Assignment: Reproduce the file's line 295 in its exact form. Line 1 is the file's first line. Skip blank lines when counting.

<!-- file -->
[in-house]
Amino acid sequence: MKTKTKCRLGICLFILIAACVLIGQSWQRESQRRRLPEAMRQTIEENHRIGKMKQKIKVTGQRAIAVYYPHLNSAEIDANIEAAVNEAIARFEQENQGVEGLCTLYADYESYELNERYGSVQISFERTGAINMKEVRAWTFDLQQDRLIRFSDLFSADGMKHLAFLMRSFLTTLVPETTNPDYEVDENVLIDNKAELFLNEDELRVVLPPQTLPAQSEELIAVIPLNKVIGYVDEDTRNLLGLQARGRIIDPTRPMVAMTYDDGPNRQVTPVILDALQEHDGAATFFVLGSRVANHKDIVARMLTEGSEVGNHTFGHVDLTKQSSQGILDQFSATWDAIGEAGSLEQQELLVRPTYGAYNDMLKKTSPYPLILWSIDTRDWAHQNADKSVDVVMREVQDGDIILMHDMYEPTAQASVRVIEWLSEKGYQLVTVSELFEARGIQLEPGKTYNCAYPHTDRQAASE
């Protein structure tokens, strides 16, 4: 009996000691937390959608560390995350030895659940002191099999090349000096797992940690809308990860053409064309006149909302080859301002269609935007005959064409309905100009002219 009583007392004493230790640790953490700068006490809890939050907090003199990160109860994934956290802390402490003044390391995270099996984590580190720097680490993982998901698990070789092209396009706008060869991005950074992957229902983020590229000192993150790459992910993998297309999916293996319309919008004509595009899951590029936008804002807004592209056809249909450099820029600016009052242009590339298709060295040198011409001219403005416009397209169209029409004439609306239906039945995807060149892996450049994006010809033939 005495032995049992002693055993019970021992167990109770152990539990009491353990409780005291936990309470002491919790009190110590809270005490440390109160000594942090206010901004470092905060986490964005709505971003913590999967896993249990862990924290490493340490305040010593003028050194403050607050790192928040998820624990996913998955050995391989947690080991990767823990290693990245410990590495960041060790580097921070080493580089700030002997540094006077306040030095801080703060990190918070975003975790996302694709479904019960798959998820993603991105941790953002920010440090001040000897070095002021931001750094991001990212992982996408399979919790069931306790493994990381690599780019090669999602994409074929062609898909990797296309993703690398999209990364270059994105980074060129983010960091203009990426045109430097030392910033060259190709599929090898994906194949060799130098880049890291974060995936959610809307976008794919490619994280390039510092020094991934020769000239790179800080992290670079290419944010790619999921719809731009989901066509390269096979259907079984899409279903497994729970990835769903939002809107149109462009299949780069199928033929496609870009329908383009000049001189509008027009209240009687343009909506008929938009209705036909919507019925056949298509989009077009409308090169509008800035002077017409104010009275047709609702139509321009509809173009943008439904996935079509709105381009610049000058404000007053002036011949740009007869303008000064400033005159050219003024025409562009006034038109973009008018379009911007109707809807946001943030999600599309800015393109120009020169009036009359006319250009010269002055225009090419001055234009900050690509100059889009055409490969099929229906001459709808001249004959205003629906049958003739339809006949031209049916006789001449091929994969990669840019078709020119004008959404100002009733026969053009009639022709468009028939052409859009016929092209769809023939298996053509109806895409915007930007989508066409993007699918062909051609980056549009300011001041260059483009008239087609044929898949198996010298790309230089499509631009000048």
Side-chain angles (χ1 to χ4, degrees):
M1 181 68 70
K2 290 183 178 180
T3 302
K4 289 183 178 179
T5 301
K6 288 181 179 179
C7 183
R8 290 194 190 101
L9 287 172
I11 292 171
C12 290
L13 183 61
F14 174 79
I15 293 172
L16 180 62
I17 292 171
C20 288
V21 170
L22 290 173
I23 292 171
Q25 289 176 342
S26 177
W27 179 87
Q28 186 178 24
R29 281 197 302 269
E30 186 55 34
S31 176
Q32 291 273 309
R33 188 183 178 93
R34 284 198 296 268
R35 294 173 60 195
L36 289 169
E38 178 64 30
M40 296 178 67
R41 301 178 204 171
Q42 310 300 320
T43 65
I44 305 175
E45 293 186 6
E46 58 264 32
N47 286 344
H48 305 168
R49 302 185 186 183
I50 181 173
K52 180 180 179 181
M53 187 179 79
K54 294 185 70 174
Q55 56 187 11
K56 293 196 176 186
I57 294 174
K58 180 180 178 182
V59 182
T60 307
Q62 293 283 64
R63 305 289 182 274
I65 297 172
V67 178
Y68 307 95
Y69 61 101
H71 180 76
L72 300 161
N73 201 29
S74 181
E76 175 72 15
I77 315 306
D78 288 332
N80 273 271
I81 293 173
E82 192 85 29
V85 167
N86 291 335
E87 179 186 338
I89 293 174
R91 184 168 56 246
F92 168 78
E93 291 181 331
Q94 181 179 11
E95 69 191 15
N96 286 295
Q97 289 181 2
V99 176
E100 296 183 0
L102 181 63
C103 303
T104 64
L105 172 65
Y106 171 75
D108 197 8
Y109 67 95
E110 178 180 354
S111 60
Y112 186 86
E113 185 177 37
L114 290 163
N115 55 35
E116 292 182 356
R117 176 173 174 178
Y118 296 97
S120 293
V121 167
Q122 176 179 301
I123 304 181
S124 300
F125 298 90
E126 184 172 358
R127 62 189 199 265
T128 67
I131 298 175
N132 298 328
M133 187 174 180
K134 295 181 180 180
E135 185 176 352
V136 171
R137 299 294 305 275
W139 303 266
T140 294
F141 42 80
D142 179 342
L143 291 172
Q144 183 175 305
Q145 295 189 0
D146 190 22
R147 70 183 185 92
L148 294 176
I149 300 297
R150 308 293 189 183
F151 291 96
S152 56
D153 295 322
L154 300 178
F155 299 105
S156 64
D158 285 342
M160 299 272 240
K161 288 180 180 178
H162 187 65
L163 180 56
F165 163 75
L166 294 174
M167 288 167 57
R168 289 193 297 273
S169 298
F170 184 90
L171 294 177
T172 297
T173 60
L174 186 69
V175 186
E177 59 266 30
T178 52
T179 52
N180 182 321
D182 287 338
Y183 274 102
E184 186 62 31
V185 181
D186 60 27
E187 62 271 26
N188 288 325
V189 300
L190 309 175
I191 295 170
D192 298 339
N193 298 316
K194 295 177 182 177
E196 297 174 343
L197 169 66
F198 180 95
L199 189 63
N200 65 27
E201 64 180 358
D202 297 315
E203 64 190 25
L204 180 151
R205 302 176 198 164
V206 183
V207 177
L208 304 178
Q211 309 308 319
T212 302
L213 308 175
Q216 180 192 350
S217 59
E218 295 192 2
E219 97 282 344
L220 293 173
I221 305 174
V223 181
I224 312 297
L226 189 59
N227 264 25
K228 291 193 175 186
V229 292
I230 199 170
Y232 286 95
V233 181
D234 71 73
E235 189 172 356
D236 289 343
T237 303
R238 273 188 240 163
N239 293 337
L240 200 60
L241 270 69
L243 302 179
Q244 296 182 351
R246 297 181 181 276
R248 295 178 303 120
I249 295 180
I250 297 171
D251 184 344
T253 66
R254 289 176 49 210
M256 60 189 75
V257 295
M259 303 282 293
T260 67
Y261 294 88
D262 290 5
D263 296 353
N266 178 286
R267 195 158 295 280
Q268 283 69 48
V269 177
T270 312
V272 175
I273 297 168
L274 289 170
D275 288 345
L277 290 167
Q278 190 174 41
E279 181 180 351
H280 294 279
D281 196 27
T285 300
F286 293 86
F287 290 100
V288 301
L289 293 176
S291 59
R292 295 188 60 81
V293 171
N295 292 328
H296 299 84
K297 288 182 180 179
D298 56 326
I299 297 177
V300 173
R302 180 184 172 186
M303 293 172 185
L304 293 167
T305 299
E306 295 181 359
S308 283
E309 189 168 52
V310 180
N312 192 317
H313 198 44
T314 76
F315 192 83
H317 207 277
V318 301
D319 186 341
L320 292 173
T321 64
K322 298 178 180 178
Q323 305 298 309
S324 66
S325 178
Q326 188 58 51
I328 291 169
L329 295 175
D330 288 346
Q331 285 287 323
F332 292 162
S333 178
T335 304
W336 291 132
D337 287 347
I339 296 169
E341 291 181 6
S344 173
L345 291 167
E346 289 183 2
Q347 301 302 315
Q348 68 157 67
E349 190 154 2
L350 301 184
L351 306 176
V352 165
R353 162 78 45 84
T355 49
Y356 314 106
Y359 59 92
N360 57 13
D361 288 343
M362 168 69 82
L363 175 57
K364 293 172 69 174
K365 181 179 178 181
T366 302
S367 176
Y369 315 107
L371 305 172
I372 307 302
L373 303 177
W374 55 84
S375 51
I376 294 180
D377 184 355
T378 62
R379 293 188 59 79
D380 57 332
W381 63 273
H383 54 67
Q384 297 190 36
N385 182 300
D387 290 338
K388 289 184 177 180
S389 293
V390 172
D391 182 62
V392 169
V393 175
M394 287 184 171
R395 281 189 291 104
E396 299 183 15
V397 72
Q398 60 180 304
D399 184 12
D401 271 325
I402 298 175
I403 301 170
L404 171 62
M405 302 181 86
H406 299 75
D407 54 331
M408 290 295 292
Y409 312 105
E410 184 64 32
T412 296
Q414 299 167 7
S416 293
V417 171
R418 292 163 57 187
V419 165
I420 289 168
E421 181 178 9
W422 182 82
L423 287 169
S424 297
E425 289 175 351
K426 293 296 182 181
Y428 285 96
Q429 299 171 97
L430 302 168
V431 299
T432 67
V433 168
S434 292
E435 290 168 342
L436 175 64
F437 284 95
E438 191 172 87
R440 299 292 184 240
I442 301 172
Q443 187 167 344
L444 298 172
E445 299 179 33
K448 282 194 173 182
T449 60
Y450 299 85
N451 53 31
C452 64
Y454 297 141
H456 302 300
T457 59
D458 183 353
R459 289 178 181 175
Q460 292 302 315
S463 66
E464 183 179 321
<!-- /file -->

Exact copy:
R353 162 78 45 84